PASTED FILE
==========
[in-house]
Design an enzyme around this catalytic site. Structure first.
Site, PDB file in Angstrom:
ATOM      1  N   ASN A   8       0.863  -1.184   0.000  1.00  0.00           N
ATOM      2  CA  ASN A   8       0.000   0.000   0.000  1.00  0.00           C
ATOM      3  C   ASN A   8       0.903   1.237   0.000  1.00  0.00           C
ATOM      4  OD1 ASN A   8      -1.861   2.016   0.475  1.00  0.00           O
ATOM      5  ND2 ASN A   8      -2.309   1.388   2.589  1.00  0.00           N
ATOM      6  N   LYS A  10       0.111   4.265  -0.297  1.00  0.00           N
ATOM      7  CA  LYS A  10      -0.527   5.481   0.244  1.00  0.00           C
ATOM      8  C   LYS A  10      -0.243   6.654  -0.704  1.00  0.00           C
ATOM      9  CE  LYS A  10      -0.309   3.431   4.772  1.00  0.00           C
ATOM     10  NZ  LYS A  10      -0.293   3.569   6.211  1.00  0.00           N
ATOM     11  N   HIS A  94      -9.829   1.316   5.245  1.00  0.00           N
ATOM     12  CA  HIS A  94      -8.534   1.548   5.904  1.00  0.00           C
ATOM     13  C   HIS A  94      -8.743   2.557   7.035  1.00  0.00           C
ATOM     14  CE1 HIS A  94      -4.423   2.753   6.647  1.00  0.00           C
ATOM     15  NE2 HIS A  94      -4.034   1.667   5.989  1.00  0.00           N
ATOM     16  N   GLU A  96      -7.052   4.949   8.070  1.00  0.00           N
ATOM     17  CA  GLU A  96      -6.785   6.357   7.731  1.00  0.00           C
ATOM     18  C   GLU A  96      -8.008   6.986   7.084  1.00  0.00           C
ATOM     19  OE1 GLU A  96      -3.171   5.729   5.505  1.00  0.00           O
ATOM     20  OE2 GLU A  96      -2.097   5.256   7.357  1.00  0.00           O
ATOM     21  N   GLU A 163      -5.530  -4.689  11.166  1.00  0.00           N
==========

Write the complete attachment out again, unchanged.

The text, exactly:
[in-house]
Design an enzyme around this catalytic site. Structure first.
Site, PDB file in Angstrom:
ATOM      1  N   ASN A   8       0.863  -1.184   0.000  1.00  0.00           N
ATOM      2  CA  ASN A   8       0.000   0.000   0.000  1.00  0.00           C
ATOM      3  C   ASN A   8       0.903   1.237   0.000  1.00  0.00           C
ATOM      4  OD1 ASN A   8      -1.861   2.016   0.475  1.00  0.00           O
ATOM      5  ND2 ASN A   8      -2.309   1.388   2.589  1.00  0.00           N
ATOM      6  N   LYS A  10       0.111   4.265  -0.297  1.00  0.00           N
ATOM      7  CA  LYS A  10      -0.527   5.481   0.244  1.00  0.00           C
ATOM      8  C   LYS A  10      -0.243   6.654  -0.704  1.00  0.00           C
ATOM      9  CE  LYS A  10      -0.309   3.431   4.772  1.00  0.00           C
ATOM     10  NZ  LYS A  10      -0.293   3.569   6.211  1.00  0.00           N
ATOM     11  N   HIS A  94      -9.829   1.316   5.245  1.00  0.00           N
ATOM     12  CA  HIS A  94      -8.534   1.548   5.904  1.00  0.00           C
ATOM     13  C   HIS A  94      -8.743   2.557   7.035  1.00  0.00           C
ATOM     14  CE1 HIS A  94      -4.423   2.753   6.647  1.00  0.00           C
ATOM     15  NE2 HIS A  94      -4.034   1.667   5.989  1.00  0.00           N
ATOM     16  N   GLU A  96      -7.052   4.949   8.070  1.00  0.00           N
ATOM     17  CA  GLU A  96      -6.785   6.357   7.731  1.00  0.00           C
ATOM     18  C   GLU A  96      -8.008   6.986   7.084  1.00  0.00           C
ATOM     19  OE1 GLU A  96      -3.171   5.729   5.505  1.00  0.00           O
ATOM     20  OE2 GLU A  96      -2.097   5.256   7.357  1.00  0.00           O
ATOM     21  N   GLU A 163      -5.530  -4.689  11.166  1.00  0.00           N